8-423-08AASynth - Amino acid Biosynthesis OBJECTIVES -Be...

Info iconThis preview shows pages 1–3. Sign up to view the full content.

View Full Document Right Arrow Icon
Amino acid Biosynthesis OBJECTIVES -Be able to outline the biosynthesis of the amino acids discussed here (do NOT need to know structures, details, just the general strategies and common reactions) -What is an essential amino acid? -Why can't patients with PKU use the artificial sweetener aspartame? -How is the enzyme glutamine synthetase regulated? OUTLINE I. Review All tissues have some capability for synthesis of the non-essential amino acids, and conversion of non-amino acid carbon skeletons into amino acids. However, the liver is the major site of nitrogen metabolism in the human body. In times of dietary surplus of proteins, the potentially toxic nitrogen of amino acids is eliminated via transaminations, deamination, and urea formation; the carbon skeletons are generally conserved as carbohydrate, via gluconeogenesis, or as fatty acid via fatty acid synthesis pathways. In this respect amino acids fall into two categories: glucogenic or ketogenic. Glucogenic amino acids are those that give rise to a net production of pyruvate or CAC intermediates, such as α- ketoglutarate or oxaloacetate, all of which are precursors to glucose via gluconeogenesis. All amino acids except lysine and leucine are at least partly glucogenic. Lysine and leucine are the only amino acids that are solely ketogenic, giving rise only to acetylCoA or acetoacetylCoA, neither of which can bring about net glucose production. During times of starvation the reduced carbon skeletons of amino acids are used for energy production through the usual pathways, with the result that they are oxidized to CO 2 and H 2 O. II. Essential and non-essential amino acids Organisms vary greatly in their ability to synthesize the 20 standard amino acids. Most bacteria and plants can synthesize all; mammals can synthesize only about half. Those that mammals can make are called non-essential amino acids, that is, NOT needed in the diet (but still necessary for life!) The remainder must be obtained from food; they are "essential" in the diet. III. Biosynthesis of amino acids One way to organize the synthesis of the amino acids is to group them according to their metabolic precursors; The take-home message here: the beginning points of amino acids synthesis are mostly compounds you already know about, from glycolysis, the CAC, and the PPP.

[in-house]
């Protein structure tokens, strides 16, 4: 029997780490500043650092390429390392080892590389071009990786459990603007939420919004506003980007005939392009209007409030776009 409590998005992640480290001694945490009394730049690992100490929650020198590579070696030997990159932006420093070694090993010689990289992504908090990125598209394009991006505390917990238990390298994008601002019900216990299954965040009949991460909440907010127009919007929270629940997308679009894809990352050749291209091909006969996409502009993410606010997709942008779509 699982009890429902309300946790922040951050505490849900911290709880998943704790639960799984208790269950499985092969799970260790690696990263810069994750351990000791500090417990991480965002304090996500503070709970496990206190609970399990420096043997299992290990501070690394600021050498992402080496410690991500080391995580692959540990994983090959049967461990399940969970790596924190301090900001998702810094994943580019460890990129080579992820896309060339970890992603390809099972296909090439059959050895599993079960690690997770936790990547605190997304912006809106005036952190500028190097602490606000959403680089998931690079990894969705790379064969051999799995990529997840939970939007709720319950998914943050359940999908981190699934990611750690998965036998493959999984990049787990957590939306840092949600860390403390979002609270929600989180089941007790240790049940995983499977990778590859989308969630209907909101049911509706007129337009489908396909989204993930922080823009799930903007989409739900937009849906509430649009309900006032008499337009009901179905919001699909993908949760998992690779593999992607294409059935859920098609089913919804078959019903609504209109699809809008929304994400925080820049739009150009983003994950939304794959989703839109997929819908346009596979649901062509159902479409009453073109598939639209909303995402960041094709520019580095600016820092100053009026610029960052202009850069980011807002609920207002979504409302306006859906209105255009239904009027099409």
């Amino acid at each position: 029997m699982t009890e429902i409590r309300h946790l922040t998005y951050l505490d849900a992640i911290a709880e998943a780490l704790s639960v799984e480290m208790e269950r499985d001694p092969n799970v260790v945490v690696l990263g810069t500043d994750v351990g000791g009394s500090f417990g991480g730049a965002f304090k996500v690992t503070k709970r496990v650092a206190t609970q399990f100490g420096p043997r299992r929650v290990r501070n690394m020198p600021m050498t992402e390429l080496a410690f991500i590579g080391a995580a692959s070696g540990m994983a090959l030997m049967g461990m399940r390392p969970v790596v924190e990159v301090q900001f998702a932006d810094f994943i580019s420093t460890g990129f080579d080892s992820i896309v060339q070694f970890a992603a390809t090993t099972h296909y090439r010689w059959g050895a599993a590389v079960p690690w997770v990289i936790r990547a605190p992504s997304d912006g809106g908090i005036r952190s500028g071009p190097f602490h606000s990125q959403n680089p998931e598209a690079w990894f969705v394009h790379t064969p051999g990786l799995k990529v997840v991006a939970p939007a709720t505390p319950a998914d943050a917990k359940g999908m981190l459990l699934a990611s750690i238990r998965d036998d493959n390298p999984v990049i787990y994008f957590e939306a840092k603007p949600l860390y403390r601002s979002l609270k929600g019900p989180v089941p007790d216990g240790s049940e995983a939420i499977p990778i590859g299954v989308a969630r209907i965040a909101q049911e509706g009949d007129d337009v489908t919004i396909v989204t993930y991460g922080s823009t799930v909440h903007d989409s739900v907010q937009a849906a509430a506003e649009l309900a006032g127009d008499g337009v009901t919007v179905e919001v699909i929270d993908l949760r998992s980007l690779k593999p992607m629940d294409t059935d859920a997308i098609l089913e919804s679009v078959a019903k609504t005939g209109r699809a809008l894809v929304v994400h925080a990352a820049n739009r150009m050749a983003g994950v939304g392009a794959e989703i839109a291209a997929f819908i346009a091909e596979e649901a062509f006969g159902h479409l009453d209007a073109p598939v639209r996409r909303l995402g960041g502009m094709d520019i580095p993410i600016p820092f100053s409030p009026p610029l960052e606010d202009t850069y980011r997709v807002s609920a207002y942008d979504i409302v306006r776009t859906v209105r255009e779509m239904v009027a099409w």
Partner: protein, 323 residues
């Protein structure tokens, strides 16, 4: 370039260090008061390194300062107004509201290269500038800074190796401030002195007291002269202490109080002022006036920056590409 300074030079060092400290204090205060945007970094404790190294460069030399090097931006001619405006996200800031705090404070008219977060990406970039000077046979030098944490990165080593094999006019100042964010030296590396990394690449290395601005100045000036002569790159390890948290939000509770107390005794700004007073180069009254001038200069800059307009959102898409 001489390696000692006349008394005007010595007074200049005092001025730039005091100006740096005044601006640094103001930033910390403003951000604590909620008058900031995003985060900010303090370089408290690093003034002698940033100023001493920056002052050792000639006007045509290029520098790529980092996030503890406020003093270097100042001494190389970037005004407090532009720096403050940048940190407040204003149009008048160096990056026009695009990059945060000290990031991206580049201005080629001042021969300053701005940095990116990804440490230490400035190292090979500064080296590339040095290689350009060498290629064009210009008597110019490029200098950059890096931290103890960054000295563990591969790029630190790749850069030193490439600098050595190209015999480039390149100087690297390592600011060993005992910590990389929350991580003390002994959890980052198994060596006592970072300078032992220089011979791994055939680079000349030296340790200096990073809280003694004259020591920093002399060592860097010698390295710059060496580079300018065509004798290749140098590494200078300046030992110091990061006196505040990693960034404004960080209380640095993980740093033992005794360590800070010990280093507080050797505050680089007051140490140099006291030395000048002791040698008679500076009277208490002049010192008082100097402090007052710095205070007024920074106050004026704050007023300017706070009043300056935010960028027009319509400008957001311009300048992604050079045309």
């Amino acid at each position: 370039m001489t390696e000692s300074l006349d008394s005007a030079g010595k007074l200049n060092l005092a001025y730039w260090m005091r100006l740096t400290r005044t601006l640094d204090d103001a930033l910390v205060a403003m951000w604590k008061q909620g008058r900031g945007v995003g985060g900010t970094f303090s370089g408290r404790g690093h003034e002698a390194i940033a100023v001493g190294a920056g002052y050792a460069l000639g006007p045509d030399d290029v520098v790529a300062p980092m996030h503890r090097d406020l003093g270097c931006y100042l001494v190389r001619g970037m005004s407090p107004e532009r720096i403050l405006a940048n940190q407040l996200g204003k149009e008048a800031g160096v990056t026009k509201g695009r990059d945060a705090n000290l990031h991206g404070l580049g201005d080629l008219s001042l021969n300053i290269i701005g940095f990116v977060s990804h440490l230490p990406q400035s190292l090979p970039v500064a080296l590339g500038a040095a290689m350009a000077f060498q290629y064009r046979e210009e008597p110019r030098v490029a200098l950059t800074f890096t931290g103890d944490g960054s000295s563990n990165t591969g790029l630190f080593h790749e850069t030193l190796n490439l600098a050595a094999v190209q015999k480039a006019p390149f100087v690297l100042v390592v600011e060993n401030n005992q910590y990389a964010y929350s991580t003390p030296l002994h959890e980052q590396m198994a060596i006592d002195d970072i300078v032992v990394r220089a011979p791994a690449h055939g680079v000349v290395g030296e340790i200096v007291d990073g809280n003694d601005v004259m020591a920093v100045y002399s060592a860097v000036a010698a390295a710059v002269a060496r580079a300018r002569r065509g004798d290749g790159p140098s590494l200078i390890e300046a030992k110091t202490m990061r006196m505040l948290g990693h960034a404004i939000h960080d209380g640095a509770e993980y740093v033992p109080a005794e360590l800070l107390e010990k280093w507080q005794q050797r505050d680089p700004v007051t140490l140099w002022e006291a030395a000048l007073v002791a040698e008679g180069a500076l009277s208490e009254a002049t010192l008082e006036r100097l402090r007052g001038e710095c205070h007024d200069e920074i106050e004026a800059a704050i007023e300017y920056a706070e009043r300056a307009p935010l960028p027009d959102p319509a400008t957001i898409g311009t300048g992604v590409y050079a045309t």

Background image of page 1

Info iconThis preview has intentionally blurred sections. Sign up to view the full version.

View Full DocumentRight Arrow Icon
We will not cover all the pathways, just a few to illustrate certain key principles. Note that transamination and one-carbon transfer reactions are common. Glutamate and glutamine are usually the source of nitrogen in amino acid biosynthesis. Serine and Glycine Biosynthesis The main pathway to serine starts with the glycolytic intermediate 3-phosphoglycerate. An NADH-linked dehydrogenase converts 3-phosphoglycerate into a keto acid, 3-phosphohydroxypyruvate, which is then subsequently transaminated using our old friend glutamate, producing 3-phosphoserine, which is converted to serine by phosphoserine phosphatase. Glycine can be made from serine through removal of the
Background image of page 2
Image of page 3
This is the end of the preview. Sign up to access the rest of the document.

Page1 / 6

8-423-08AASynth - Amino acid Biosynthesis OBJECTIVES -Be...

This preview shows document pages 1 - 3. Sign up to view the full document.

View Full Document Right Arrow Icon
Ask a homework question - tutors are online